Acne – Is DNA Science Leading to a Better Treatment?

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According to a recent Los Angeles Times article, scientists have discovered "good" and "bad" forms of acne. Dr. Simon Ourian of Epione Beverly Hills is hopeful this research will lead to practical treatment options.

Dr. Simon Ourian performing laser skin resurfacing treatment

Dr. Simon Ourian performing laser skin resurfacing treatment

According to a study published in a February 28, 2013 Los Angeles Times article, researchers have discovered that there are "bad" strains of acne linked to pimples and "good" forms that may be protecting the skin. This knowledge can potentially lead to a reduction in the frequency in which acne appears (Go to:

“Acne is an all too common affliction,” says Dr. Simon Ourian, Cosmetic Dermatologist and Medical Director of Epione Beverly Hills, “as the article states, 85% of the population will have splotches and pimples at some time in our lives. I do not use the term 'affliction' lightly; the results of acne can be disfiguring. I'm interested in any treatment that has the potential to eliminate the problem.”

According to the study, published in the Feb. 28 issue of the Journal of Investigative Dermatology, the findings could inspire a range of new therapies designed for the prevention and treatment of this skin condition.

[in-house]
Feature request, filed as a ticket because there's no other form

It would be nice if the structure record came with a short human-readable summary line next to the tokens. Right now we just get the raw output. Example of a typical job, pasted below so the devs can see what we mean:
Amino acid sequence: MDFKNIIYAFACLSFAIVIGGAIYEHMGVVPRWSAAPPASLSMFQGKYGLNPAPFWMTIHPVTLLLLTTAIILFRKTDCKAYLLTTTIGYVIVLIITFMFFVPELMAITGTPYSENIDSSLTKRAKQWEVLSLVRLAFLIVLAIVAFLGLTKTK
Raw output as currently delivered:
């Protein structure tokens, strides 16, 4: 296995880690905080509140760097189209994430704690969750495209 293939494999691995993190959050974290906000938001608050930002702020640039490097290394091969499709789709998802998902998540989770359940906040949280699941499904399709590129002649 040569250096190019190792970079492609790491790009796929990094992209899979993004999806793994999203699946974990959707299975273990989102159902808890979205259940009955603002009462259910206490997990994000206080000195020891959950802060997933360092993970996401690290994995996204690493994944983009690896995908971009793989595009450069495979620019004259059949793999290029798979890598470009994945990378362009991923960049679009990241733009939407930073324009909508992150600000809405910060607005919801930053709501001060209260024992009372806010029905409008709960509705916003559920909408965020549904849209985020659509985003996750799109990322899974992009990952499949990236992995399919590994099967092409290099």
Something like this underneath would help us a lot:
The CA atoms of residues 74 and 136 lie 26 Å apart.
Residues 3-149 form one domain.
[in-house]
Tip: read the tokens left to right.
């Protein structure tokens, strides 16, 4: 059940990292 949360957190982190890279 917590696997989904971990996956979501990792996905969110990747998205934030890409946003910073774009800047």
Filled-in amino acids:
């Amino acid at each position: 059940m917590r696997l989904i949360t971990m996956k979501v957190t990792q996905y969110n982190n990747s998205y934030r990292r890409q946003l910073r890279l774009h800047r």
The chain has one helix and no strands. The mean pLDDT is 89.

For example, doctors may one day be able to prescribe "good" P. acnes in the form of a probiotic cream. It would work much the same way probiotics found in yogurt restores the populations of beneficial bacteria in the lower digestive tract.

The researchers used pore-cleansing strips to remove P. acnes bacteria from both acne sufferers and volunteers with clear skin. They extracted the DNA from the microbes and followed a marker to help in the identification of bacterial strains found on subject's noses, noting whether the individual had acne. They found that the various bacteria strains appeared much differently when they were lifted from diseased skin, as opposed to healthy skin.

Researchers also discovered a third type of P. acnes often found in normal skin but much more rarely in acne-affected skin. They speculate that this third strain of P. acnes has the ability to recognize and prevent attackers from destroying it.

The researchers think that increasing populations of the friendly form of P. acnes with a topical treatment may lead to clear skin. Other research is expected to look at developing new medications to kill bad P. acnes strains and keep the good ones.

“Of course, this was one study with only 101 participants, a lot more work needs to be done before I'll have something I can offer my patients. I deal with acne and acne scarring nearly every day,” concludes Dr. Ourian, “I look forward to seeing the practical results of this research."

Dr. Ourian has been a pioneer in laser technology and non-invasive aesthetic procedures including Restylane, Botox, Juvéderm, Radiesse and Sculptra. These treatments are used for the correction or reversal of a variety of conditions such as acne, acne scars, skin discoloration, wrinkles, stretch marks, varicose veins, cellulite, and others. More information about acne can be found on Epione's website.

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Grace Russell
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